Despite the setbacks, the Saudi Public Investment Fund announced it was still keen to continue the takeover if the Premier League gave the deal the green light. Newcastle United fans have also petitioned the Premier League to provide more details as to why the takeover deal was abandoned after four months of negotiations.

 

While the deal might not be completely dead, the prolonged process and massive money put up shows the PIF and the Saudi state are still keen on further diversifying their economy and wealth. However, that process may come at a higher price due to strained diplomatic relations and poor public relations.

 

Economic Diversification

 

The Saudi state and the PIF have long been pushing for more diversification in order to lessen the country’s dependency on oil. The push has been spearheaded by Crown Prince bin Salman, who has deployed a charm offensive on Western companies and politicians.

 

But in the wake of Khashoggi’s murder, the business relations between foreign companies and the Saudi state have become more difficult.

 

Shortly after the incident in 2018, an array of businesses, media companies, politicians, and international organizations pulled out of business deals or refused to attend business forums in Riyadh.

 

The private ventures most supportive of the Saudi state also found themselves in hot water in the wake of the scandal. Uber, who received a $3.5 billion cash injection from the PIF in 2016, stepped into the scandal when its CEO Dara Khosrowshahi dismissed the murder as a “mistake”.

 

Not only has the push for economic diversification come with diplomatic headaches, but some of its most high-profile investments have resulted in massive losses that predate the coronavirus economic crisis. As of late 2019, the PIF had lost $1 billion due to its investment in Uber.

 

Spending Big in the Crisis

 

But big losses and the current economic crisis have not scared off the sovereign wealth fund. The PIF has been pouring money into many ventures as the worldwide economic impact was beginning to hit, attempting to snap up shares in deflating industries.

 

According to the Financial Times, Yasir al-Rumayyan, governor of Saudi Arabia’s sovereign wealth fund, said at a virtual investment conference in April, “you don’t want to waste a crisis . . . So, for us, definitely we are looking into any opportunities.”

 

The PIF invested in a wide range of industries including the hardest hit, acquiring a 5.7% in Live Nation, an American events promoter, and a 7.3% stake in Carnival, the American cruise line.

The Saudis have also been snapping up shares in blue-chip companies with household names like Disney, Facebook, BP, Boeing, and Citigroup.

 

But critics abroad and domestically are beginning to criticize the tactic of splashing cash in foreign companies as it simultaneously funds proxy wars and potentially ignores economic damage at home.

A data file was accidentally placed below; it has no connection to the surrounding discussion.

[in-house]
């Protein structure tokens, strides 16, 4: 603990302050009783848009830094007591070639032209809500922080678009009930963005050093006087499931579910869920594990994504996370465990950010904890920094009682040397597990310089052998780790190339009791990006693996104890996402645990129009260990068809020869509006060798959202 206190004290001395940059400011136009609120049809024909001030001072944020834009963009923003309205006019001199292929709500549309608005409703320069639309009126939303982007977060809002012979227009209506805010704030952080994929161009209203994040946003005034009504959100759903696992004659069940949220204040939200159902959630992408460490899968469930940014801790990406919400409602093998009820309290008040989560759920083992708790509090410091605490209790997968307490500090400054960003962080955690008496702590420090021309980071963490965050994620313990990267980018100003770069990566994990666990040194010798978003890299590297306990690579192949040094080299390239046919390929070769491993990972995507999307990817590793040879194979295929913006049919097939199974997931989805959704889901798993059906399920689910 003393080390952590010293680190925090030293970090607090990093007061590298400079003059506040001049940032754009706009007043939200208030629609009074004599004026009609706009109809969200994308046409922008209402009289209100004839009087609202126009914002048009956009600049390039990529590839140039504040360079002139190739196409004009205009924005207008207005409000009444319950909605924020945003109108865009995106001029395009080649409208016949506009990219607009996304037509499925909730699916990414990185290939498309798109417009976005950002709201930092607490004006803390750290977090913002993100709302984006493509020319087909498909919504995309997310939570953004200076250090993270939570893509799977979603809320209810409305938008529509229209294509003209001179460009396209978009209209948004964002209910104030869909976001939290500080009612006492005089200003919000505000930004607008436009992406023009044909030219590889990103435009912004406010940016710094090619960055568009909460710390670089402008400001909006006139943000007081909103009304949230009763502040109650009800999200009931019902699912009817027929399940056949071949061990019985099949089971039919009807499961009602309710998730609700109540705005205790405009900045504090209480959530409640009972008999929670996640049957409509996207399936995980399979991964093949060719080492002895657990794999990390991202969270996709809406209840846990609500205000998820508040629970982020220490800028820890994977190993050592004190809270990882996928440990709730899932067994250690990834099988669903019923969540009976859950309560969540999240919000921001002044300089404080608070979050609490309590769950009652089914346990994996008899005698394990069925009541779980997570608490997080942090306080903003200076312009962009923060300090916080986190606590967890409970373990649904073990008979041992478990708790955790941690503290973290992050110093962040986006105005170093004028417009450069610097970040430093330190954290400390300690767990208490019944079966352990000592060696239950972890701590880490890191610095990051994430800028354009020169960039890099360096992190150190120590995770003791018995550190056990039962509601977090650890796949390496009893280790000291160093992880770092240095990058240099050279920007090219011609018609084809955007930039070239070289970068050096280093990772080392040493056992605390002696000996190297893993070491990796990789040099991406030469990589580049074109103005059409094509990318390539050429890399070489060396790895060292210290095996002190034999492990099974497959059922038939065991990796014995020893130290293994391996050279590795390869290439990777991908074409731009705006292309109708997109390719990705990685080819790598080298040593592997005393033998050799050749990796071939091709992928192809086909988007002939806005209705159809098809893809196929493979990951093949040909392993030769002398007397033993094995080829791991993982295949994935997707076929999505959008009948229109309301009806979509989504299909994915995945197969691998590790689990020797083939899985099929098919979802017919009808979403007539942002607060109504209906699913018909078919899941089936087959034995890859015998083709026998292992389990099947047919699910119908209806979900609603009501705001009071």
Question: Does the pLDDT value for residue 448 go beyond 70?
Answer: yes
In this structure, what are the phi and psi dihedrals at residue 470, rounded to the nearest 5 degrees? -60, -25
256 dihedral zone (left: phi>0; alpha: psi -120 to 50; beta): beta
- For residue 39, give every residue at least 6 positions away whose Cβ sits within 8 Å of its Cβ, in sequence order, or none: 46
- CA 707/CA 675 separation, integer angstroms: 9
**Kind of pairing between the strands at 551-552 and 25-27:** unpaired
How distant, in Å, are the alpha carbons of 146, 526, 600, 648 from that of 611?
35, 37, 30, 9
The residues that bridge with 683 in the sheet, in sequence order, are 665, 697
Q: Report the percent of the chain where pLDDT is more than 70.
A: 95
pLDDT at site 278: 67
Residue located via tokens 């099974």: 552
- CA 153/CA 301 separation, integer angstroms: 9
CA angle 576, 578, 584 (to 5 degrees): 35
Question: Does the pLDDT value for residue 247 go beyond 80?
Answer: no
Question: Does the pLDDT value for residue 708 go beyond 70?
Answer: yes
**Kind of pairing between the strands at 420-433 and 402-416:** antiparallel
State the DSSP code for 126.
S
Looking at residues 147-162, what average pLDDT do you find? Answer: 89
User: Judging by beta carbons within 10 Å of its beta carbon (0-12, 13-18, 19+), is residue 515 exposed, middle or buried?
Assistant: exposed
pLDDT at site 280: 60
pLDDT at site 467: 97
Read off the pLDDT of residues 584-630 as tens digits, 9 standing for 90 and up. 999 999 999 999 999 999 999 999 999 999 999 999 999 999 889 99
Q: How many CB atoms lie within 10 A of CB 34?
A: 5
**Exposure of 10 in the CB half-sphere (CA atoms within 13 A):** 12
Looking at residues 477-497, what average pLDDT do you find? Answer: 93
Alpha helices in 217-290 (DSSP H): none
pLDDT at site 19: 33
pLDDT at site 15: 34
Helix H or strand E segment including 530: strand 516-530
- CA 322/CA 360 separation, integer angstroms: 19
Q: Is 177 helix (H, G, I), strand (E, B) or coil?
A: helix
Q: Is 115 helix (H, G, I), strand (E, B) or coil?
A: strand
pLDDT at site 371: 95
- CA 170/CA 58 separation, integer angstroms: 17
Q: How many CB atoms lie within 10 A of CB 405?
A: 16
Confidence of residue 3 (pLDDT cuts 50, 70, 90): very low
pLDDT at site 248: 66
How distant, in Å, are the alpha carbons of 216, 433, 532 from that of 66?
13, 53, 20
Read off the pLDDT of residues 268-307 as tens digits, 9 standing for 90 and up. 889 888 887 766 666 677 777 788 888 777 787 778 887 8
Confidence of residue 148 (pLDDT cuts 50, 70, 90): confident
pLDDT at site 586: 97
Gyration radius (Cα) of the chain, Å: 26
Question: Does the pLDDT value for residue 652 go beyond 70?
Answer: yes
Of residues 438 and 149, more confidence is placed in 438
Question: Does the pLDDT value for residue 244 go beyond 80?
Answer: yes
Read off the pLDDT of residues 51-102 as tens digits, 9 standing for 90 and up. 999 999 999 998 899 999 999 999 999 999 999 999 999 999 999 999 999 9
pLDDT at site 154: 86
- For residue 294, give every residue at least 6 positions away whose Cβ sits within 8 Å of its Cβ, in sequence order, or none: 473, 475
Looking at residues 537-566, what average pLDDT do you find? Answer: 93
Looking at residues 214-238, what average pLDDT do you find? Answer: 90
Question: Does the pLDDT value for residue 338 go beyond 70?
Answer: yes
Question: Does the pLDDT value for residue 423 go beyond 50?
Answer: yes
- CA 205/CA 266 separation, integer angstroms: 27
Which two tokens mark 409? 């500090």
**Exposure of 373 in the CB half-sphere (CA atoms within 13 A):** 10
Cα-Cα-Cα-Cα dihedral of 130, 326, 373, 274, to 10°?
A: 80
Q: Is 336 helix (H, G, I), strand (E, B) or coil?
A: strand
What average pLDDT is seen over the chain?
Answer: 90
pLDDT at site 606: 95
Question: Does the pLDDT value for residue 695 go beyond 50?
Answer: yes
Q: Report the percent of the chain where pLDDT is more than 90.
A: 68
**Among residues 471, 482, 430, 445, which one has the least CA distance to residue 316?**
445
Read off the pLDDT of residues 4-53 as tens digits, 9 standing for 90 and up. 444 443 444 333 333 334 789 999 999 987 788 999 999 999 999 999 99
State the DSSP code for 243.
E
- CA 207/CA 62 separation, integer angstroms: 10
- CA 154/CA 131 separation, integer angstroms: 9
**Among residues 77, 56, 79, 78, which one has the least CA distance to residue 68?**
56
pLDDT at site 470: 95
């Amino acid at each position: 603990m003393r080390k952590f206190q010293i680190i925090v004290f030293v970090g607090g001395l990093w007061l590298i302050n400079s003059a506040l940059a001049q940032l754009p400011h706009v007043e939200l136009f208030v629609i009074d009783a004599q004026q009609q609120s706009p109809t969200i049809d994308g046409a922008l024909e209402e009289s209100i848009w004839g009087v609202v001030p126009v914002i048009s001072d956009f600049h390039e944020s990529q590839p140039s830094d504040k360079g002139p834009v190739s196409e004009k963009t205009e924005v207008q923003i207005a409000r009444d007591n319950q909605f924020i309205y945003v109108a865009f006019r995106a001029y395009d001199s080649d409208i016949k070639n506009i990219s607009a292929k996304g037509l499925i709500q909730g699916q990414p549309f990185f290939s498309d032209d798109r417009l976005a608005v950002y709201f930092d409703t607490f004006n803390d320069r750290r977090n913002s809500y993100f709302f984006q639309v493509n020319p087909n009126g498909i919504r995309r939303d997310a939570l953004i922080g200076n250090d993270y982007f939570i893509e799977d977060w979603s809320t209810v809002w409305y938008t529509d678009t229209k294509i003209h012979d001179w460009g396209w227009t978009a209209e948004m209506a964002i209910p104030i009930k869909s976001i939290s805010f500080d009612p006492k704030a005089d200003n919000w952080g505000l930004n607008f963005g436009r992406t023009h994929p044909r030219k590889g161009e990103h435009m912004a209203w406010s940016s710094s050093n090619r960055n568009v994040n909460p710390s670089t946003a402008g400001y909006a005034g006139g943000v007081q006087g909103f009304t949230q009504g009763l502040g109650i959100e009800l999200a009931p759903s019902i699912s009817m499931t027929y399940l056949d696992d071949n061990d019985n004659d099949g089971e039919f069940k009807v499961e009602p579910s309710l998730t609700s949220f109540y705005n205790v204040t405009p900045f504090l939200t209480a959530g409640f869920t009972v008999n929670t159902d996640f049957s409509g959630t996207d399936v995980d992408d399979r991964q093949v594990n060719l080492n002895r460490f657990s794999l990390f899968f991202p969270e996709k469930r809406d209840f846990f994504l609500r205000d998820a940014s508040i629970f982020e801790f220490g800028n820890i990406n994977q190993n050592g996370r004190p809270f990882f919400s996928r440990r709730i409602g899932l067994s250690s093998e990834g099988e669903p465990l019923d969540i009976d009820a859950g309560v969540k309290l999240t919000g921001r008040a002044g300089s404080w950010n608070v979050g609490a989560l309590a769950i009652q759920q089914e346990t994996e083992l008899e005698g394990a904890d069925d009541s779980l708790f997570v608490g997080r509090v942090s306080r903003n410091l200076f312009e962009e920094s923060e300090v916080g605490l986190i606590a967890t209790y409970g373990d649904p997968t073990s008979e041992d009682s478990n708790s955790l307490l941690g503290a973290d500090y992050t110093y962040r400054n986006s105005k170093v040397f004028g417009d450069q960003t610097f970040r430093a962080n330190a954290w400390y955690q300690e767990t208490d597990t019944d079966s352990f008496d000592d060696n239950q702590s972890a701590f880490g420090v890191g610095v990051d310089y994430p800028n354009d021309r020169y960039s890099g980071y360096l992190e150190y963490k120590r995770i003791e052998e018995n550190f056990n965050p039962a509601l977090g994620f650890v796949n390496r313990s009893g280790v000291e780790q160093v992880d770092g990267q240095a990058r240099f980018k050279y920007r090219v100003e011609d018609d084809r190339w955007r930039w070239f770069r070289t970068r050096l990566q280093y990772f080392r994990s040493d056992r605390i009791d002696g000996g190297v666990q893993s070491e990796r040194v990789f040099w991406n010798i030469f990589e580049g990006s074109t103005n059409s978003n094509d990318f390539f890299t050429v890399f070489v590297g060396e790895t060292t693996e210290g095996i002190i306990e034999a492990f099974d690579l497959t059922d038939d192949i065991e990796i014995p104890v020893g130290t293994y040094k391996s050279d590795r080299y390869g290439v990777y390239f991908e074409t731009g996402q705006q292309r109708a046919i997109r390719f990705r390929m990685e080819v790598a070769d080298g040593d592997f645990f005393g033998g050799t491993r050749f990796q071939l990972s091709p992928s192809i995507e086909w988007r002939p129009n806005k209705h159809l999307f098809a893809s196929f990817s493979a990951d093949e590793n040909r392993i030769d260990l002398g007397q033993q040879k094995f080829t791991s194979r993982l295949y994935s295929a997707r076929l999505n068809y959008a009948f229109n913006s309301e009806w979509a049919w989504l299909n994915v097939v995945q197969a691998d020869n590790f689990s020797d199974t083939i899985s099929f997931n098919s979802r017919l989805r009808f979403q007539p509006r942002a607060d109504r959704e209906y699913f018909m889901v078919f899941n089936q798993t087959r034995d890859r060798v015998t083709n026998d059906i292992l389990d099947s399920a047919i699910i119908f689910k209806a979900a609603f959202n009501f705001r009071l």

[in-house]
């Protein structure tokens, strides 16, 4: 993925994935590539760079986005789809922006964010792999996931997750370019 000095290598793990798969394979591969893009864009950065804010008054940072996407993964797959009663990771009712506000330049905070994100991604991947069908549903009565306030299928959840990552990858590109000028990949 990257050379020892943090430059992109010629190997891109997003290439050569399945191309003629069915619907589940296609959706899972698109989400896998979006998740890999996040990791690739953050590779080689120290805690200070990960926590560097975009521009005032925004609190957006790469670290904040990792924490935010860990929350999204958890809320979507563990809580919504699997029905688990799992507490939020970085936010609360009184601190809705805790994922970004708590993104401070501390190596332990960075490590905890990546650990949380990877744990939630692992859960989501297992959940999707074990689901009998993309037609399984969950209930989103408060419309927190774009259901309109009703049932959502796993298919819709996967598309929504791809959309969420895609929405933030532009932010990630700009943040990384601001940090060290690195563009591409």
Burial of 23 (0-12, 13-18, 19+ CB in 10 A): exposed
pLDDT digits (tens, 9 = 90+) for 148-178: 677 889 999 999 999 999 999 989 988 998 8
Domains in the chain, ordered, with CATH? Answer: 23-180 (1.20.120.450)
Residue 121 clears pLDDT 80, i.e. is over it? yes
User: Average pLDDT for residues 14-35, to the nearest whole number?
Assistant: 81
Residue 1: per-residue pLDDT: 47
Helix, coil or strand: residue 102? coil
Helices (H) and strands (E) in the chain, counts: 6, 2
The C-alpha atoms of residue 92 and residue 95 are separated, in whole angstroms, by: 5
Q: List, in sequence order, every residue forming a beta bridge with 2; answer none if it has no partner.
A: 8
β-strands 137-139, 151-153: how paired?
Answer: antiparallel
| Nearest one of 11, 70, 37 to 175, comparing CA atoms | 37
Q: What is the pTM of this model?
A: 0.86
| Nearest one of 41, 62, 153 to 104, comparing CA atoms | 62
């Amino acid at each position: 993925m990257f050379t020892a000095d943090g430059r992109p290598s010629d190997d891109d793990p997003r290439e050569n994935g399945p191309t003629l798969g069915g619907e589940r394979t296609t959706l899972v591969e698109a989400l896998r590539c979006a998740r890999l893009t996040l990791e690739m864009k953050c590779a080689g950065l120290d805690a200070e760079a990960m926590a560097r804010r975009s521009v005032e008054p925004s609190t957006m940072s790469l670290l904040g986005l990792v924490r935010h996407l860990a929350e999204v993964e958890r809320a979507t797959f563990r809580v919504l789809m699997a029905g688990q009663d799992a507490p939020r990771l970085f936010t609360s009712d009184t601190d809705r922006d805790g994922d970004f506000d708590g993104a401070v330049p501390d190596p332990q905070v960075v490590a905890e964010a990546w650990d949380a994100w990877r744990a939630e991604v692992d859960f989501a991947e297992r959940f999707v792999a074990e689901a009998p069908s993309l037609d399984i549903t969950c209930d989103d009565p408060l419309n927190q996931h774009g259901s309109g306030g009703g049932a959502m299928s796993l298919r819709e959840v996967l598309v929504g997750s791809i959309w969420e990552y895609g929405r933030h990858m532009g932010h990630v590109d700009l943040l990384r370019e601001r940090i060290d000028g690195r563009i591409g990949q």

The Footprint of Saudi Wealth Domestically and Abroad

 

The PIF’s expanding international investments and its interest in purchasing an 80% stake in a top-flight English football club have drawn attention to the Saudi’s aggressive strategy during uncertain times.

 

The coronavirus crisis has been a devastating period for the Middle East, at first for economic reasons, and now due to a rise in infections for public health reasons. The world economy was brought to a standstill for several months, and it is still far from reaching its pre-pandemic levels.

 

Oil prices have picked up in recent days and weeks, but they are still far off of pre-pandemic levels.

 

And while oil prices were slowly recovering, the rate of coronavirus infections took off in Saudi Arabia. The number of cases is currently stabilizing at over 1,000 a day after peaks of over 4,000 daily confirmed coronavirus cases.

 

$1 billion was pumped into Saudi businesses to keep them afloat during the crisis, but the near-term, as in many countries, still looks grim.

 

The economic developments may put a damper on some of Saudi Arabia and MBS’s more ambitious goals, including Neom, a $500 billion futuristic city planned to be built in the country’s barren northwest.

 

Saudi Arabia’s international engagements may also serve as a thorn in their side. While the Khashoggi murder has proven to be a much worse diplomatic hit, the Kingdom’s involvement in worsening the humanitarian crisis in Yemen through war still draws harsh criticism from many corners.

 

With an aggressive and risky strategy during an unprecedented economic standstill globally, the PIF and Saudi Arabia may pay for its bet against the house. But with growing economic sway in many Western institutions, MBS and Saudi Arabia could be playing a long game that will see them sheltered from their gravest sins.     

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The coronavirus pandemic and subsequent near worldwide shutdown of international travel has hit every economy, but those countries who rely on tourism dollars have been especially impacted. With the European Union wrestling the virus under control after a debilitating number of months, European countries are beginning to open up their borders to other countries with similar numbers of coronavirus cases.

 

The EU announced the first fifteen countries on June 30 that would be allowed access into the EU, and the list includes three North African countries that draw Europeans for tourism in the summer: Morocco, Algeria, and Tunisia. Airlines and the tourism industry will welcome the move, but some countries are still holding off for similar access to the countries, including Spain.